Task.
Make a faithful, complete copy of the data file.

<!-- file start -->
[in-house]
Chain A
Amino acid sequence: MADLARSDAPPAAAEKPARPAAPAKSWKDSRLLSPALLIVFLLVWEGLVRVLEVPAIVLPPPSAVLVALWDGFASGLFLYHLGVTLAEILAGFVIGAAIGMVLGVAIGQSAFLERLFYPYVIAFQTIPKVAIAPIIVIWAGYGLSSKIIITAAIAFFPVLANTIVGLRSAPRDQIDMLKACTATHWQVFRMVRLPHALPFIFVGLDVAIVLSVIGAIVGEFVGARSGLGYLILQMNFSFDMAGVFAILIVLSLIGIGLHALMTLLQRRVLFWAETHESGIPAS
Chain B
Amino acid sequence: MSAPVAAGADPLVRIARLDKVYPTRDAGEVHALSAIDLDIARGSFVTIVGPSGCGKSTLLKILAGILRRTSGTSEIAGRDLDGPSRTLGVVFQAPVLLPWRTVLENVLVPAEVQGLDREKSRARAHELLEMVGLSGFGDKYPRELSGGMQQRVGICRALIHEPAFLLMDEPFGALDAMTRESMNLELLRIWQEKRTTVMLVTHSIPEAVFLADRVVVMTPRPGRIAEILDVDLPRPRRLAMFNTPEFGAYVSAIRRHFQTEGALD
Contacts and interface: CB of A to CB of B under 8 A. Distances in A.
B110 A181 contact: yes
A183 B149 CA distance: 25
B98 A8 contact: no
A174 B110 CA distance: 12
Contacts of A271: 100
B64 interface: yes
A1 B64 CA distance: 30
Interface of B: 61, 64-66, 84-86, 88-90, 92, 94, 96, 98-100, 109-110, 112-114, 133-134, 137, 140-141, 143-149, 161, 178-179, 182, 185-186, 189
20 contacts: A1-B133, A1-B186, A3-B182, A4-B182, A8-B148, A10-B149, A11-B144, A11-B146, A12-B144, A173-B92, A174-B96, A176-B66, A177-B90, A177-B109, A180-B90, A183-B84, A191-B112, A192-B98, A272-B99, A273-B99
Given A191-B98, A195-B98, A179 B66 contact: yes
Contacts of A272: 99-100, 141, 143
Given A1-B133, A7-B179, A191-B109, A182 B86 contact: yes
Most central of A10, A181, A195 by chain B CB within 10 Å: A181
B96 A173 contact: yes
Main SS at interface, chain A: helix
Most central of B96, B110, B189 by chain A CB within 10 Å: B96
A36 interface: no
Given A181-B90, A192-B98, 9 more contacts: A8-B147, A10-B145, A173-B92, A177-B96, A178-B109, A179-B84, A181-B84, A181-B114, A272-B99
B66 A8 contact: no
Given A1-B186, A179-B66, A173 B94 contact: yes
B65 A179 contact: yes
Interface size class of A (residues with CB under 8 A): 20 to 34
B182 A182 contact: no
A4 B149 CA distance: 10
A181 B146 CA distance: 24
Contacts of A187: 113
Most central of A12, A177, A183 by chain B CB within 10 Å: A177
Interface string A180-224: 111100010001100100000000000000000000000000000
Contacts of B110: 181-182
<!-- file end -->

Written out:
[in-house]
Chain A
Amino acid sequence: MADLARSDAPPAAAEKPARPAAPAKSWKDSRLLSPALLIVFLLVWEGLVRVLEVPAIVLPPPSAVLVALWDGFASGLFLYHLGVTLAEILAGFVIGAAIGMVLGVAIGQSAFLERLFYPYVIAFQTIPKVAIAPIIVIWAGYGLSSKIIITAAIAFFPVLANTIVGLRSAPRDQIDMLKACTATHWQVFRMVRLPHALPFIFVGLDVAIVLSVIGAIVGEFVGARSGLGYLILQMNFSFDMAGVFAILIVLSLIGIGLHALMTLLQRRVLFWAETHESGIPAS
Chain B
Amino acid sequence: MSAPVAAGADPLVRIARLDKVYPTRDAGEVHALSAIDLDIARGSFVTIVGPSGCGKSTLLKILAGILRRTSGTSEIAGRDLDGPSRTLGVVFQAPVLLPWRTVLENVLVPAEVQGLDREKSRARAHELLEMVGLSGFGDKYPRELSGGMQQRVGICRALIHEPAFLLMDEPFGALDAMTRESMNLELLRIWQEKRTTVMLVTHSIPEAVFLADRVVVMTPRPGRIAEILDVDLPRPRRLAMFNTPEFGAYVSAIRRHFQTEGALD
Contacts and interface: CB of A to CB of B under 8 A. Distances in A.
B110 A181 contact: yes
A183 B149 CA distance: 25
B98 A8 contact: no
A174 B110 CA distance: 12
Contacts of A271: 100
B64 interface: yes
A1 B64 CA distance: 30
Interface of B: 61, 64-66, 84-86, 88-90, 92, 94, 96, 98-100, 109-110, 112-114, 133-134, 137, 140-141, 143-149, 161, 178-179, 182, 185-186, 189
20 contacts: A1-B133, A1-B186, A3-B182, A4-B182, A8-B148, A10-B149, A11-B144, A11-B146, A12-B144, A173-B92, A174-B96, A176-B66, A177-B90, A177-B109, A180-B90, A183-B84, A191-B112, A192-B98, A272-B99, A273-B99
Given A191-B98, A195-B98, A179 B66 contact: yes
Contacts of A272: 99-100, 141, 143
Given A1-B133, A7-B179, A191-B109, A182 B86 contact: yes
Most central of A10, A181, A195 by chain B CB within 10 Å: A181
B96 A173 contact: yes
Main SS at interface, chain A: helix
Most central of B96, B110, B189 by chain A CB within 10 Å: B96
A36 interface: no
Given A181-B90, A192-B98, 9 more contacts: A8-B147, A10-B145, A173-B92, A177-B96, A178-B109, A179-B84, A181-B84, A181-B114, A272-B99
B66 A8 contact: no
Given A1-B186, A179-B66, A173 B94 contact: yes
B65 A179 contact: yes
Interface size class of A (residues with CB under 8 A): 20 to 34
B182 A182 contact: no
A4 B149 CA distance: 10
A181 B146 CA distance: 24
Contacts of A187: 113
Most central of A12, A177, A183 by chain B CB within 10 Å: A177
Interface string A180-224: 111100010001100100000000000000000000000000000
Contacts of B110: 181-182